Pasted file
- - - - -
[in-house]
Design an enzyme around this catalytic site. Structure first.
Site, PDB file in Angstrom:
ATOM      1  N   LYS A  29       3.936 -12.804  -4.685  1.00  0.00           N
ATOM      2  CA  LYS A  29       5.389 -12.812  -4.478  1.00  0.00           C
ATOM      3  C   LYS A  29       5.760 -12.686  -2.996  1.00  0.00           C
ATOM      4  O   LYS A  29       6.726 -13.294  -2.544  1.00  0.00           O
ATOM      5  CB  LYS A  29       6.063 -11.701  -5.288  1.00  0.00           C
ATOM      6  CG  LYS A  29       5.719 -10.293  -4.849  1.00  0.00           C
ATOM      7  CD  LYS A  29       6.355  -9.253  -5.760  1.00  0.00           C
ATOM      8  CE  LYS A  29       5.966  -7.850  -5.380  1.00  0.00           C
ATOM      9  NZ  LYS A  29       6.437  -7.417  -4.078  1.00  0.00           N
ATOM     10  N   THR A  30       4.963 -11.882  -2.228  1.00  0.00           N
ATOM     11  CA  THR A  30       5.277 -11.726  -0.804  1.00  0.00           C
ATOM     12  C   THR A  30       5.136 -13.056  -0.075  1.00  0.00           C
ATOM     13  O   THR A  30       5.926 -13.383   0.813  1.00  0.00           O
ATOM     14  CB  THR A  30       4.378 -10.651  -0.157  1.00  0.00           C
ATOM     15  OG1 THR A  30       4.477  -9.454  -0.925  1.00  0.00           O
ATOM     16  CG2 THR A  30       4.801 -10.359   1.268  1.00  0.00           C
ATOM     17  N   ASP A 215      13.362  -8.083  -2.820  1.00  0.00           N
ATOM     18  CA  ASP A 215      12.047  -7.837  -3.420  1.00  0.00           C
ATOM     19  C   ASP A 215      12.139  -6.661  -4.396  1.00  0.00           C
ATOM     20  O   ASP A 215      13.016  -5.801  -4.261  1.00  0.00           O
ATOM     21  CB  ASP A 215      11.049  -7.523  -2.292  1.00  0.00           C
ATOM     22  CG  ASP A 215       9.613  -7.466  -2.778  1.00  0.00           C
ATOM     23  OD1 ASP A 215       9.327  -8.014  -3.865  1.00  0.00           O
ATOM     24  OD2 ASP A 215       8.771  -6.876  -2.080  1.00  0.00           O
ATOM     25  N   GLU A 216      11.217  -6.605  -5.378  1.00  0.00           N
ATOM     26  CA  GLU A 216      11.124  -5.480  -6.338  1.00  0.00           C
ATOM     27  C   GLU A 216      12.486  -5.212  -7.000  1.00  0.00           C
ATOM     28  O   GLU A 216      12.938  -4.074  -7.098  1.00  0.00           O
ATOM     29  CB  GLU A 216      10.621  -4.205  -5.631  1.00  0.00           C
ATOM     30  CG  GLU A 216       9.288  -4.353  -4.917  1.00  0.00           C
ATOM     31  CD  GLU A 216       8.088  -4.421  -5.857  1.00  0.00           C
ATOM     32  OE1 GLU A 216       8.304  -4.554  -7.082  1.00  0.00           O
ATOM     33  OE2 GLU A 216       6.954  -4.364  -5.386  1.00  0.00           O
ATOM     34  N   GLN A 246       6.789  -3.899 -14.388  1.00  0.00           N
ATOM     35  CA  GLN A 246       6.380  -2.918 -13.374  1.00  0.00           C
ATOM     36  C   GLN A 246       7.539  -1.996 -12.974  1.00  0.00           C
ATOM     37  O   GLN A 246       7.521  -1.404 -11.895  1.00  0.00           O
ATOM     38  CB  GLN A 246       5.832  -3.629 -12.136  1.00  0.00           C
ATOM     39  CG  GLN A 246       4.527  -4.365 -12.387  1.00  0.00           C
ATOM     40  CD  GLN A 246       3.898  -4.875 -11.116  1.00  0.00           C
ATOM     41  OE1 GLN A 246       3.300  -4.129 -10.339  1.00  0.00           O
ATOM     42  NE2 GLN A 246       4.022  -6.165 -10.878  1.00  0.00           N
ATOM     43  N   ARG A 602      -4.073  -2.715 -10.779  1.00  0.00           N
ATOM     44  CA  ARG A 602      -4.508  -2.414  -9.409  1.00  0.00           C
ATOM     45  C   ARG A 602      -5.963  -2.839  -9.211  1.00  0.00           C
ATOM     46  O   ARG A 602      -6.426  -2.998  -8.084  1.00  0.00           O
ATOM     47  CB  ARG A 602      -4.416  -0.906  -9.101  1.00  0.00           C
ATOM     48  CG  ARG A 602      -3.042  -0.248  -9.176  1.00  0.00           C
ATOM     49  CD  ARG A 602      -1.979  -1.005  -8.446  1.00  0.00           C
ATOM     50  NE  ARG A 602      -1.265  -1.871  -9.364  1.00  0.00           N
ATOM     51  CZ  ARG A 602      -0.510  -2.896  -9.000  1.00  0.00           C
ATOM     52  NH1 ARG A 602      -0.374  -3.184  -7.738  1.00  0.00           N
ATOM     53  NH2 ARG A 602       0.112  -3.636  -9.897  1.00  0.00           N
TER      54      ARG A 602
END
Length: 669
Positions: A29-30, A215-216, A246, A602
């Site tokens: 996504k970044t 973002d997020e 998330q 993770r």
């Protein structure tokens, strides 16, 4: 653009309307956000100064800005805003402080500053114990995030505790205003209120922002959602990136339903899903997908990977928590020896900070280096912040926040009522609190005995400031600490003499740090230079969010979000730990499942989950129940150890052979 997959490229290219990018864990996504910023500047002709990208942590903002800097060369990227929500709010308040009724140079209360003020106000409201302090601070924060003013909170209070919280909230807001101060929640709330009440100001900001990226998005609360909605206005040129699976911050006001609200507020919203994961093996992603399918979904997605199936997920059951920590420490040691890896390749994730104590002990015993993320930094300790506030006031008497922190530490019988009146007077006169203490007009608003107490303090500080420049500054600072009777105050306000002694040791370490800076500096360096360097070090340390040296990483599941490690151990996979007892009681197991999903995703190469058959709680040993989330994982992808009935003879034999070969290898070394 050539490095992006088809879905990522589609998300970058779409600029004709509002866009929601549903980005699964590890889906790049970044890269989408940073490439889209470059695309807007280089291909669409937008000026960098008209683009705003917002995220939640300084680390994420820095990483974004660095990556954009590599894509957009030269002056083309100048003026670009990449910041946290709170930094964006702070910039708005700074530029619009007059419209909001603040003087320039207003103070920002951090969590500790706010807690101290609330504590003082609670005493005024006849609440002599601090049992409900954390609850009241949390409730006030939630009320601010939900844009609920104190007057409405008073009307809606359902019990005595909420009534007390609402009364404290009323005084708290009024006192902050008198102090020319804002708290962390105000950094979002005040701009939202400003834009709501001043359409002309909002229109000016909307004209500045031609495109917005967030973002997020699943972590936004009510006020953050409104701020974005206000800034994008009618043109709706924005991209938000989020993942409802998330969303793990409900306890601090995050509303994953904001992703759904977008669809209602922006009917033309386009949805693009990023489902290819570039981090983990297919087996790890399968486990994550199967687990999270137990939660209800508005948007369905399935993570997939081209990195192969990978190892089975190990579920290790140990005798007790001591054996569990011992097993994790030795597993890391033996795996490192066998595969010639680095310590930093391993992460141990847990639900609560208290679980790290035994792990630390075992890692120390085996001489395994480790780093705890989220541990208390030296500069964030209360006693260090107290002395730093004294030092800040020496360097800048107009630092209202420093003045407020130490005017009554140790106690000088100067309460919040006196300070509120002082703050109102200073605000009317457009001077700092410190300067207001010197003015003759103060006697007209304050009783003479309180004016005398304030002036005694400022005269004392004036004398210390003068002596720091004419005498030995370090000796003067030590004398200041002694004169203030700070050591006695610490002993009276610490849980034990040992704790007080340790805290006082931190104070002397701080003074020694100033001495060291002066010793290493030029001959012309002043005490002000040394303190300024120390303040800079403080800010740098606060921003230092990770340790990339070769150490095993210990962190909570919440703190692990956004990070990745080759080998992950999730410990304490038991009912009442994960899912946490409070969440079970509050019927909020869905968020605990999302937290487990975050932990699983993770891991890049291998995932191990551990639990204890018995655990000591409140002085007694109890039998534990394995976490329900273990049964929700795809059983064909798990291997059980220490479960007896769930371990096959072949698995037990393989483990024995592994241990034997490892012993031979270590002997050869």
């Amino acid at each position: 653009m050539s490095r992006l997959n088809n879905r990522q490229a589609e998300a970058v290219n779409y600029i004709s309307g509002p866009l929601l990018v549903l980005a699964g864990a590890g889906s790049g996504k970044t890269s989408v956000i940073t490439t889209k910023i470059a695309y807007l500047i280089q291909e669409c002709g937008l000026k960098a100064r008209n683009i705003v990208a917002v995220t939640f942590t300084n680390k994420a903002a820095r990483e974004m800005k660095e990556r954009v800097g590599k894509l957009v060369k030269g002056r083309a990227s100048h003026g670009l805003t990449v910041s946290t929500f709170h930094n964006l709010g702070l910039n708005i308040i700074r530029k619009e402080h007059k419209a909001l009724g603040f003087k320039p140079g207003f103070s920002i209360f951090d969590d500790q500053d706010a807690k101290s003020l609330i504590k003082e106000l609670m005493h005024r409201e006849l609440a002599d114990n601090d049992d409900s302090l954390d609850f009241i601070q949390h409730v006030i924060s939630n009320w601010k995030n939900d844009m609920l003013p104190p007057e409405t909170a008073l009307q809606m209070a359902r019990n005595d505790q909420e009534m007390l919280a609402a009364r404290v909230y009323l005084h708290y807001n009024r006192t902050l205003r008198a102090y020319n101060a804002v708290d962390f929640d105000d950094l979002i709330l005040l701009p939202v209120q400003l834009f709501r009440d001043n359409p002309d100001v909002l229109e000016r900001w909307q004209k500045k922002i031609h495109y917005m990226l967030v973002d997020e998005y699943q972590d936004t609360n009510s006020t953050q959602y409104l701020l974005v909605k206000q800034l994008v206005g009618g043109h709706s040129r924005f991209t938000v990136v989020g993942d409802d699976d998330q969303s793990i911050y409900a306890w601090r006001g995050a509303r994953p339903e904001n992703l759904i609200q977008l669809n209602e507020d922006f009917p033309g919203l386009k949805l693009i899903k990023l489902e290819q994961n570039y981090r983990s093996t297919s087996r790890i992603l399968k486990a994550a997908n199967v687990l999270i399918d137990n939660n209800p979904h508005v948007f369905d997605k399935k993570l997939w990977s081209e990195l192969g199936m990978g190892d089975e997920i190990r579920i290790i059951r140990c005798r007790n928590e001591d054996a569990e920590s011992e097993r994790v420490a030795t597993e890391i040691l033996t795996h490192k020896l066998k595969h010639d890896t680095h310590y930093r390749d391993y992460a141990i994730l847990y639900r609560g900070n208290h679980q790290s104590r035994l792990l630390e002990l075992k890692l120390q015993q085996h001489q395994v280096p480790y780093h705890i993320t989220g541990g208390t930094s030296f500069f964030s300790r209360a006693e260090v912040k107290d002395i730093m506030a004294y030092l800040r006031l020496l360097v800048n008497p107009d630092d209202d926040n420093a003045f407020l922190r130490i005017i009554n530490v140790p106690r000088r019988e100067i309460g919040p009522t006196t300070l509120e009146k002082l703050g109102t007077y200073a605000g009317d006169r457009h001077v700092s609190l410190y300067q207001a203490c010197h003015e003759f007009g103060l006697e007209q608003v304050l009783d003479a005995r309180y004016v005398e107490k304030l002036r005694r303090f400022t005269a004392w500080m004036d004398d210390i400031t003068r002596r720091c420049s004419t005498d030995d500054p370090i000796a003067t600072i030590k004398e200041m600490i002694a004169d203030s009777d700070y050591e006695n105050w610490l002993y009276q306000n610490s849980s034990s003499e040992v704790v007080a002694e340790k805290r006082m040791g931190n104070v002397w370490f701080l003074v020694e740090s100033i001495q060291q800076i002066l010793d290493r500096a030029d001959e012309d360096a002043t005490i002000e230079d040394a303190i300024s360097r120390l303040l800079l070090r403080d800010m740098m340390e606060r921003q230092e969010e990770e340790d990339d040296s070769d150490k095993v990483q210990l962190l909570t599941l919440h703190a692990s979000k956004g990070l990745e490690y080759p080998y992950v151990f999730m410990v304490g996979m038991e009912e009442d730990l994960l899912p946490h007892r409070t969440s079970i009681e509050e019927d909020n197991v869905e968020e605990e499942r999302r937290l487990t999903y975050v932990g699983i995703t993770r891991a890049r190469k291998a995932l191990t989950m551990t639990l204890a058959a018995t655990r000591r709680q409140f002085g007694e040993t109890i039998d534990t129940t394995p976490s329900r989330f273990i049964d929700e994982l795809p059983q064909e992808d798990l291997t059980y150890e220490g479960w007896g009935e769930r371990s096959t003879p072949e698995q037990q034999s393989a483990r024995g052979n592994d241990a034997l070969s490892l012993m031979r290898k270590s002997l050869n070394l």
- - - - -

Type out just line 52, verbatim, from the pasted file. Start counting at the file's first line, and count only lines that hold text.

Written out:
ATOM     49  CD  ARG A 602      -1.979  -1.005  -8.446  1.00  0.00           C